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Auto manufacturers accounting for female bodies in crash tests

Have you ever considered that crash test dummies should not be gender neutral? Considering that women's body sizes and shapes are different than those of men, it naturally makes sense that when designing vehicles with an eye toward preventing the wrongful deaths of passengers, that women's bodies, as well as men's would be taken into account.

Interestingly enough, however, testing the safety of vehicles with female test dummies is a relatively new concept. This may be because manufacturers and designers were always male, or that they simply never considered using other sizes of dummies.

"Manufacturers and designers used to all be men," said Dr. David Lawrence, director of the Center for Injury Prevention Policy & Practice. "It didn't occur to them they should be designing for people unlike themselves. Well, we got over that."

Now, the Michigan auto industry and the National Highway Traffic Safety Administration (NHTSA) seem to finally be taking the issue of the size of vehicle occupants seriously. After decades of only testing cars with male dummies, female dummies are now being used.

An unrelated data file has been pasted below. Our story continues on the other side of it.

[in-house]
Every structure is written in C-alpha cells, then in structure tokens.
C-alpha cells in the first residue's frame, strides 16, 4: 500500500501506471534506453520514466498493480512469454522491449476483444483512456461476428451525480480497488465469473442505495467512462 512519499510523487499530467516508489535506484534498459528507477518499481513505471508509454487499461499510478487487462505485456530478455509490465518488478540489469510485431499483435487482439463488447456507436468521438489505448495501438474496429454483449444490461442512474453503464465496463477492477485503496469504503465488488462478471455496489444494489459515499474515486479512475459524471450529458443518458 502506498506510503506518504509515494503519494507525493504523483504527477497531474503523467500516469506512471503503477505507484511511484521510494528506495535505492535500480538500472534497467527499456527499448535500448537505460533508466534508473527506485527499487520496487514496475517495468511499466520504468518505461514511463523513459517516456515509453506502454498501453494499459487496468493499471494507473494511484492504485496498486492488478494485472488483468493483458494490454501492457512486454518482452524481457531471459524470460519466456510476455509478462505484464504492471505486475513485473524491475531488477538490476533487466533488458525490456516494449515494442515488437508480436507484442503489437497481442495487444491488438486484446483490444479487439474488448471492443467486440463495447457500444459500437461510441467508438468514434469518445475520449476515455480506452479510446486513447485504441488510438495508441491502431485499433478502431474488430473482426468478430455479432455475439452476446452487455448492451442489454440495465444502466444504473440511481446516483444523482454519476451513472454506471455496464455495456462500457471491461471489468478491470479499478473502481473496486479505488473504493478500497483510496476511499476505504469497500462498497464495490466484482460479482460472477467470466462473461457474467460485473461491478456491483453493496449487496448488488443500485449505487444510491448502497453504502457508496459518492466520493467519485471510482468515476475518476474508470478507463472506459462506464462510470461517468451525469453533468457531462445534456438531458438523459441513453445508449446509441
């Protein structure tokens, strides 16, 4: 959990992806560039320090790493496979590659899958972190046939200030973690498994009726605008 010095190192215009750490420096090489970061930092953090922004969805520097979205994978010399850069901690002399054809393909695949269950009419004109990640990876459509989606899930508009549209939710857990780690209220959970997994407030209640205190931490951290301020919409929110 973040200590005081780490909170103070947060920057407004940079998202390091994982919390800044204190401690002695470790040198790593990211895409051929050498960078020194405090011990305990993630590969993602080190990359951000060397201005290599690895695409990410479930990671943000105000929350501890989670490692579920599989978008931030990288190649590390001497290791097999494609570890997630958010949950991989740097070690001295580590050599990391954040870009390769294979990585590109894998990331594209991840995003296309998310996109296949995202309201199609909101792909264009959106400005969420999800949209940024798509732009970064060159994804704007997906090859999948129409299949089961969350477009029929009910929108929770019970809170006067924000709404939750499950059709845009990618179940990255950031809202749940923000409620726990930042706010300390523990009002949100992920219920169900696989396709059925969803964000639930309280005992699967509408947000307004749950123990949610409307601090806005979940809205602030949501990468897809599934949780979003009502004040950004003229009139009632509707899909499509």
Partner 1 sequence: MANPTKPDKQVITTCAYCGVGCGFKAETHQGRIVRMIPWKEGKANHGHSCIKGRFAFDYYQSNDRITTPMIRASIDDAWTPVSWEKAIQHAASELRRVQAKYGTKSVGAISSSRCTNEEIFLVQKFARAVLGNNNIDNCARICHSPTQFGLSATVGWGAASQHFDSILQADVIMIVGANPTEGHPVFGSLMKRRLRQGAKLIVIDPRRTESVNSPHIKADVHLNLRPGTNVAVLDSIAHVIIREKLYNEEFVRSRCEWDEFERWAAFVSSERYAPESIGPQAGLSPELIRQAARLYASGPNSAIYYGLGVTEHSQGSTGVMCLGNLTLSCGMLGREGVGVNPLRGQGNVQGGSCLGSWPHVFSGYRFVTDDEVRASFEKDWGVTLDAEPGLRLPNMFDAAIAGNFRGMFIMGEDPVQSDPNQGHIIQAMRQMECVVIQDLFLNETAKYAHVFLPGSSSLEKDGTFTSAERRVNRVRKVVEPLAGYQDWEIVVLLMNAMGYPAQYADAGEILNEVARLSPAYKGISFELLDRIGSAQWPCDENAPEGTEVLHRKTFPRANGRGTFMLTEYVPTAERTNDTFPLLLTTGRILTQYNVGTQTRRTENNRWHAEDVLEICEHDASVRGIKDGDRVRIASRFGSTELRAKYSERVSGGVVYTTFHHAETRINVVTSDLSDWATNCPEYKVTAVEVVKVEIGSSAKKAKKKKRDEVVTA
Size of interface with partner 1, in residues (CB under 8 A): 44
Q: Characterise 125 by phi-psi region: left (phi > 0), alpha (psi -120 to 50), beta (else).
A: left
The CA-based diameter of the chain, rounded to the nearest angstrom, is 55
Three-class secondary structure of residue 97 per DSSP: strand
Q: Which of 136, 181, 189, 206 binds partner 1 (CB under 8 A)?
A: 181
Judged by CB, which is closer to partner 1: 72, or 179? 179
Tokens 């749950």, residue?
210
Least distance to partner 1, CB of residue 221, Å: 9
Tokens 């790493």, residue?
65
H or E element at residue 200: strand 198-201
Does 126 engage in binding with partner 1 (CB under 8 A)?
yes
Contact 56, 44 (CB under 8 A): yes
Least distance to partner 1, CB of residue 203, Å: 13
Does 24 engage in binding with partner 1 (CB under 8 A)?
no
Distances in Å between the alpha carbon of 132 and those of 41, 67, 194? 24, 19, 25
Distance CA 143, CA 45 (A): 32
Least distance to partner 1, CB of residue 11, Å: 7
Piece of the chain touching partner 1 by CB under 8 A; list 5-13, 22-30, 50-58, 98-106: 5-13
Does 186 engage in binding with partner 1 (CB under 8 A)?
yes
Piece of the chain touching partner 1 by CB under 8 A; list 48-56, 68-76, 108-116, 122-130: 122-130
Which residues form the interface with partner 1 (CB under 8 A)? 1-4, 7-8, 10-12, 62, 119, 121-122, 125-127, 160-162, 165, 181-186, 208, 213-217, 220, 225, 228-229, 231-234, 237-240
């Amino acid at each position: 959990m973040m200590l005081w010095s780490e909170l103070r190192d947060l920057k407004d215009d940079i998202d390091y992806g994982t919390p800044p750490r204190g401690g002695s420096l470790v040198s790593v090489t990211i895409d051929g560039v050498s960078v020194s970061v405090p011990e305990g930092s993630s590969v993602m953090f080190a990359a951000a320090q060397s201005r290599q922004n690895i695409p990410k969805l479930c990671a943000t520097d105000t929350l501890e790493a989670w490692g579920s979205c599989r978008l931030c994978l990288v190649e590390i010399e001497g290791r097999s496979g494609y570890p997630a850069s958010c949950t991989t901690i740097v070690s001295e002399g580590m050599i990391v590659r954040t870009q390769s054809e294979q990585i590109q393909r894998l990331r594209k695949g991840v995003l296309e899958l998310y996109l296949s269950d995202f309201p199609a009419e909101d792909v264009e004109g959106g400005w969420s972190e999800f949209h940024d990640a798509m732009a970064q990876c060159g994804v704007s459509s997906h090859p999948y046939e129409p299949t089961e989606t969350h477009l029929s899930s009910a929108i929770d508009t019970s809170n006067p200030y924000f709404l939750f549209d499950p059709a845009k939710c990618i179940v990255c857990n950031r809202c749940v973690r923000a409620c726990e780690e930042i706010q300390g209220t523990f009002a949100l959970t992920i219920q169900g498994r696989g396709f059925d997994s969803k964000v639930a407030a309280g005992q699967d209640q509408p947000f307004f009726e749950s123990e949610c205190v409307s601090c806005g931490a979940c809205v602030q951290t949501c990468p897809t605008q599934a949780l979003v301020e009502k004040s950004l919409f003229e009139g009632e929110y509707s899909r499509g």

In fact, GM is currently using 200 different types of body shapes and sizes, 35 of which can be considered female. This is good news coming from the auto industry for females, children and anyone else in need of protection in a serious car accident.

The reason?

Data collected from crash tests using dummies of varying sizes can be utilized to improve vehicle design and auto safety ratings.

The NHTSA believes that this new approach will help ensure the protection of all vehicle occupants -- regardless of age, gender or size. Hopefully, car designers will be able to improve safety and prevent wrongful deaths for years to come.

Source: abcNEWS.com, "Female Crash Dummies Injured More: What Car Should Women Buy?" Alan Farnham, March 29, 2012

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